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For all the intrigue swirling around how hedge funds may have beaten up Biovail Corp.'s stock price, an even juicier story has emerged about how Biovail alleges short sellers targeted the company's first in-house drug developed for its own sales staff.

Documents filed in Biovail's $4.6-billion (U.S.) lawsuit against a group of hedge funds and a securities research firm allege an attack against its newly launched Cardizem LA heart drug in mid-2003 drove a nail into the company's plan to transform itself into a fully integrated U.S. pharmaceutical company. It also prompted a U.S. government probe of its post-marketing Place (Providing LA through Clinical Experience) research program, the suit alleges.

When the dust had settled, court documents filed by Biovail allege that the U.S. misadventure cost the company an estimated $400-million as it cut its work force by 20 per cent, jettisoning 526 salespeople and retaining only a specialty sales staff of 85 U.S. representatives. It stopped selling Cardizem LA and sold two other drugs.

"The launch of Cardizem LA in 2003 was integral to transforming Biovail into a fully integrated pharmaceutical company," vice-president Ken Howling said in an e-mail. "While we are very pleased with our positioning and outlook for 2006, there's no doubt that you would be looking at a very different company today had the alleged events described in our complaint around Cardizem LA and the Place program not occurred."

Biovail's statement of claim alleges Wall Street hedge fund SAC Capital Management LLC was involved in "ghost-writing" negative and inaccurate research reports called "hatchet jobs" that were published by Gradient Research Alliance Inc. of Scottsdale, Ariz., as part of a co-ordinated scheme to drive down its stock price.

None of the allegations has been proven in court and SAC and Gradient have strongly denied the charges. In June, 2003, the first Gradient report said newly launched Cardizem LA would face "strong competition from other products in the Cardizem family (i.e. CD, SR and XL)." Court documents say Biovail owned the rights to Cardizem CD and SR, and wasn't actively promoting them to doctors, and no such thing as Cardizem XL exists.

Then on July 21, The Wall Street Journal and Barron's published separate articles highly critical of the Place program, which paid fees to thousands of U.S. doctors and their office staff for prescribing and collecting data on patients taking Cardizem LA.

That prompted the U.S. Office of the Inspector-General of Health and Human Services in August, 2003, to begin an inquiry into whether it was appropriate for Biovail to pay doctors and their office staff for prescribing Cardizem LA and collecting the data on patients. The investigation, which remains open, was part of a government crackdown on drug company incentives to doctors.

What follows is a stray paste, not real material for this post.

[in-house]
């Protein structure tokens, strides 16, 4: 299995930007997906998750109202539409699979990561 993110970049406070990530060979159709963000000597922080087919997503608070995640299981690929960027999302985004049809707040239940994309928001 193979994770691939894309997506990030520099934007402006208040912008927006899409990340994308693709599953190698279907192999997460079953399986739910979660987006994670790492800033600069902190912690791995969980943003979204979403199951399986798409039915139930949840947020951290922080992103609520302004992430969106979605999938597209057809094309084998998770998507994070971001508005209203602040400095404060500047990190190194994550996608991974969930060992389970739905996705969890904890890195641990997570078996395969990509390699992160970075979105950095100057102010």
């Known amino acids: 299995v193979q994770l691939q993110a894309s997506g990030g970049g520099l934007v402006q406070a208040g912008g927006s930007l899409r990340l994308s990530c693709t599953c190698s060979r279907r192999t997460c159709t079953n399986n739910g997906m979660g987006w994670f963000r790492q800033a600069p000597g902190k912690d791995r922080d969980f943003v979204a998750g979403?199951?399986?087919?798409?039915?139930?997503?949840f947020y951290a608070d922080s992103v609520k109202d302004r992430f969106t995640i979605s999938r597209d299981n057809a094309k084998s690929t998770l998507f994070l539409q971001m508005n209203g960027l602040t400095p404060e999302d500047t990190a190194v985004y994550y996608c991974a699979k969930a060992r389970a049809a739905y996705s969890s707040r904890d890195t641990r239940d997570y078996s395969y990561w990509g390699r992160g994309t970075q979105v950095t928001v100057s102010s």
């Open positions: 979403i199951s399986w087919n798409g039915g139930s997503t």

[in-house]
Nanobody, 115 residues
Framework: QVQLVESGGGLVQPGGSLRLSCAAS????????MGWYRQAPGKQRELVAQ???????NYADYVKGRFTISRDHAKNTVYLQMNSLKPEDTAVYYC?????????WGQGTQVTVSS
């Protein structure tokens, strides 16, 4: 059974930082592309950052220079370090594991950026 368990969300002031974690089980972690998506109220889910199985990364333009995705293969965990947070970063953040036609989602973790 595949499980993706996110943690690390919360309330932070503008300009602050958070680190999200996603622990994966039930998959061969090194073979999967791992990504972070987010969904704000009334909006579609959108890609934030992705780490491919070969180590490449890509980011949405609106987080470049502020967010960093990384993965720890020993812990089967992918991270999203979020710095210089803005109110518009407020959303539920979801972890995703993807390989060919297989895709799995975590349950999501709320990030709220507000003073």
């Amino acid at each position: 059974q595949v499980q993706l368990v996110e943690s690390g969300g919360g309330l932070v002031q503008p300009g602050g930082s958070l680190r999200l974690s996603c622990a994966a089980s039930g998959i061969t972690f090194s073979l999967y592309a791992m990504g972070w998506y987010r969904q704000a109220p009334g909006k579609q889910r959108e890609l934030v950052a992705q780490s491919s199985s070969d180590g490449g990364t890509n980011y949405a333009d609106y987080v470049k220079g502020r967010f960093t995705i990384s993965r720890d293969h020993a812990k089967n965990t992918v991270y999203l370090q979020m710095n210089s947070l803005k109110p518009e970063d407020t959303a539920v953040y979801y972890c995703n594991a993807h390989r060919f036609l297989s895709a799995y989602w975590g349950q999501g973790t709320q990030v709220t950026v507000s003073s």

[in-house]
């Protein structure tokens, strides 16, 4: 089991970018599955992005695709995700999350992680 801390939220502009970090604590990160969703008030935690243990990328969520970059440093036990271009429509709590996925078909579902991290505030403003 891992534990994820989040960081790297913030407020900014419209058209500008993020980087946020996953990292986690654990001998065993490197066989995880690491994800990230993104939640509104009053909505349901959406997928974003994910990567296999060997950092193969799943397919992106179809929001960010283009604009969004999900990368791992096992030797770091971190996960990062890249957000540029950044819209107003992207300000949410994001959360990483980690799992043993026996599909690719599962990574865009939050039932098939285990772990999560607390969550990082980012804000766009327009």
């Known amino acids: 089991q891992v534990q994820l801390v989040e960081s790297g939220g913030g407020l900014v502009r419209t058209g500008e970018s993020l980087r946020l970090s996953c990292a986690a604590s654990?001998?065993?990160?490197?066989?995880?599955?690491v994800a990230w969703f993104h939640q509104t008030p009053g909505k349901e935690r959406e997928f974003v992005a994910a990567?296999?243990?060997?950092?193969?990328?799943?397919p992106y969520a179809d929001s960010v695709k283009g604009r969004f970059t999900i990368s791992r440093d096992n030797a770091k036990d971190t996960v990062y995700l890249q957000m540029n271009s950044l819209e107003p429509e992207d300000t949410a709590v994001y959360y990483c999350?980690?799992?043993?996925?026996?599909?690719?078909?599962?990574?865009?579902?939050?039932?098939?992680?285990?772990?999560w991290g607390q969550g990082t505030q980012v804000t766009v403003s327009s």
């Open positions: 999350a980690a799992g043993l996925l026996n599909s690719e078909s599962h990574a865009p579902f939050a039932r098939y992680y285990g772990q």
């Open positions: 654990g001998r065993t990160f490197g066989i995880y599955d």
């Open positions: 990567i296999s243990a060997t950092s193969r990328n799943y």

Biovail's lawsuit claims that four of the five doctors quoted in the two newspaper articles were consultants to various U.S. hedge funds, including Perry Capital and Great Point Partners, or to New York-based Gerson Lehrman Group, which matches its network of professional experts, such as doctors, lawyers and accountants, with business clients, such as corporations, non-profit organizations and institutional investors.

The most critical comments about the Place program came from New York cardiologist Emmanuel Goldberg, who wasn't even asked by Biovail to participate, yet was quoted as calling the study "unethical" and doubting the "seriousness of the research component," Biovail claims.

"Goldberg has since admitted . . . that Gerson Lehrman paid him to provide quotes for The Wall Street Journal and Barron's," the lawsuit alleges.

Dr. Goldberg declined comment and Gerson Lehrman chief executive officer Mark Gerson did not return e-mail requests for comment.

New York-based Perry Capital, which isn't named as a defendant in the lawsuit, had accumulated more than one million put options in Biovail in mid-2003, Biovail said in its lawsuit. That put the fund in a position for a windfall profit as the drug maker's stock price plunged to $19 from $50 in the past six months of trading in 2003 on the New York Stock Exchange. Richard Perry, the fund's founder, could not be reached for comment.

Two months ago, Perry Capital was informed by the U.S. Securities and Exchange Commission that it may face charges of violating trading and disclosure rules in a failed 2004 bid by generic drug maker Mylan Laboratories Inc. for another drug maker, King Pharmaceuticals.

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